Mar 17, 2015

The Outsourcing markers of failure

Author: Silviu Panait

In my previous article, we’ve looked at some of the most important things that need to be taken into account when outsourcing, in order to increase your chances of success. Today, we’re looking at those mindsets that, in my experience, are very likely to lead to failure – ‘temptations’ you should definitely avoid, for your project’s sake. Going beyond the obvious, which is avoiding to do the opposite of Outsourcing markers of success, I’ll attempt to create some client profiles, and describe the type of traits I’ve seen working against projects, on many occasions:

  • The ‘control-addict’

I’ve recently interacted with a client who, due to some previous bad outsourcing experiences, requested an interesting contract model. Among other eye-catching points, there was a paragraph demanding that ‘whenever we feel like you are not doing what you are supposed to be doing, we are going to cut the rates in half’. I cannot imagine how any company would agree to such an impossible-to-measure limitation, but these things are real – and, unfortunately, clients will sometimes have such an unreasonable mindset. I’m not rushing into blaming them – I’m sure their need to control every move spans from an unfortunate outsourcing collaboration. Still, the outsourcer can and should be your partner, not your enemy. Control points are mandatory, of course, but they have to be measurable and efficient, not a time-consuming, restrictive procedure the team ends-up spending more time on than they do with the actual work.

  • The ‘hippie’

This is the other end of the spectrum in regards to control. Some clients believe that they can outsource everything, along with the actual development work: the strategy, vision and direction of their own company. Such expectations are a bit over the top, and their belief that the outsourcer can complete the project 100%, without any involvement from their side, is more common than you’d imagine. Usually, poor planning before engaging in outsourcing is behind such a mindset, yet I can’t stress the importance of the planning stage enough – the client must have a perfect understanding of their project before even attempting to outsource it.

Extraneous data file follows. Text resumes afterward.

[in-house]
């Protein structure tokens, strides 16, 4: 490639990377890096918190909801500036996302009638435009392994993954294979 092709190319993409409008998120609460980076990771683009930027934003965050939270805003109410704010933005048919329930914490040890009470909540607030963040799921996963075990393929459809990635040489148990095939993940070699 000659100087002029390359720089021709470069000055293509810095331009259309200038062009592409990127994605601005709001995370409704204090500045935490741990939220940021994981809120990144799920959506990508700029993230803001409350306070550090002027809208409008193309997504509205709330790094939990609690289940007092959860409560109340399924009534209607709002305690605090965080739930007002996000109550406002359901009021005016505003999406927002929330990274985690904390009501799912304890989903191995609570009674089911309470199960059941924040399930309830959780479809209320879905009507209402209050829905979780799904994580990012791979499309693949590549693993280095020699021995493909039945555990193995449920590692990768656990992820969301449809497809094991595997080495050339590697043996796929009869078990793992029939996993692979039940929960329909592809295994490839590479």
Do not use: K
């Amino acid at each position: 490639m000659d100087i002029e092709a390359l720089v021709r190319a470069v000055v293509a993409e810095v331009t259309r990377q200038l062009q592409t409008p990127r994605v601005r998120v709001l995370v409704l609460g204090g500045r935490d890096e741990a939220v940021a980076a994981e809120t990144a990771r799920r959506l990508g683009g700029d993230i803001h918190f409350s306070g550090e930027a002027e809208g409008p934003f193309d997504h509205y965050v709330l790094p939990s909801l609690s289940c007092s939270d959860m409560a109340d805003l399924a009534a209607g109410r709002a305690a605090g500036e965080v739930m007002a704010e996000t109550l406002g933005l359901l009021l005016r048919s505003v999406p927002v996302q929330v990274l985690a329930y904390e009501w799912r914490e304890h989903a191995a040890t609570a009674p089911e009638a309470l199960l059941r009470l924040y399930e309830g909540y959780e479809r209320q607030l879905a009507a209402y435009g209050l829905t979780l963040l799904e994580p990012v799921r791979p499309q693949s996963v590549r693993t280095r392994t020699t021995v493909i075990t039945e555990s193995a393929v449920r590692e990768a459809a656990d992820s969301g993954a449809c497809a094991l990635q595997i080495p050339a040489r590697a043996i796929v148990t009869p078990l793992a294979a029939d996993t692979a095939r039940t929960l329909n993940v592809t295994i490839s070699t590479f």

• The ‘rate-card to rule them all’

Price is always important, but it’s not the main point that you should look into when outsourcing. This has been proven time and time again – look for competencies, look for industry expertise, look for the right procedures and working models, look for local and company culture compatibility, not just for the rate cards. There are many ways to make prices appear lower (junior teams, hidden overheads, etc.), and even though to a provider they are easy to spot, sometimes clients are so happy about the prospect of low prices that they choose to take the risk and go for the lowest bidder, disregarding other aspects that are crucial to the collaboration.

  • The ‘take the load off my shoulders, then we’ll play the blame-game’

I’ve saved the most counterproductive for last, since this is, in my opinion, a very common and hard to deal with type of mindset. Outsourcing without having clearly-defined requirements and measurable expectations is obviously never a good idea. Efficient knowledge transfer, especially in the first stages of the project, is vital. If the client expects their partner to develop something they only vaguely understand, without clear milestones and deliverables, inevitably, the never-ending cycle of debates on who’s to blame pans out. If you can’t clearly describe what you want, the chances you’ll get it are, naturally, pretty slim. Internal pressure or failure to deliver are the main factors that push companies to outsource projects that are not clearly defined and don’t meet their expectations, and this is something that should be identified by the outsourcing partner, and resolved before getting into anything else. Otherwise, you have the premises for a tedious, inefficient collaboration.

What type of counterproductive mindsets have you encountered? Please share your experience and help add to the list, so we can all enjoy a head-start with our outsourcing projects, and stay in touch with us through our RSS feed, for our weekly dose of outsourcing insights!

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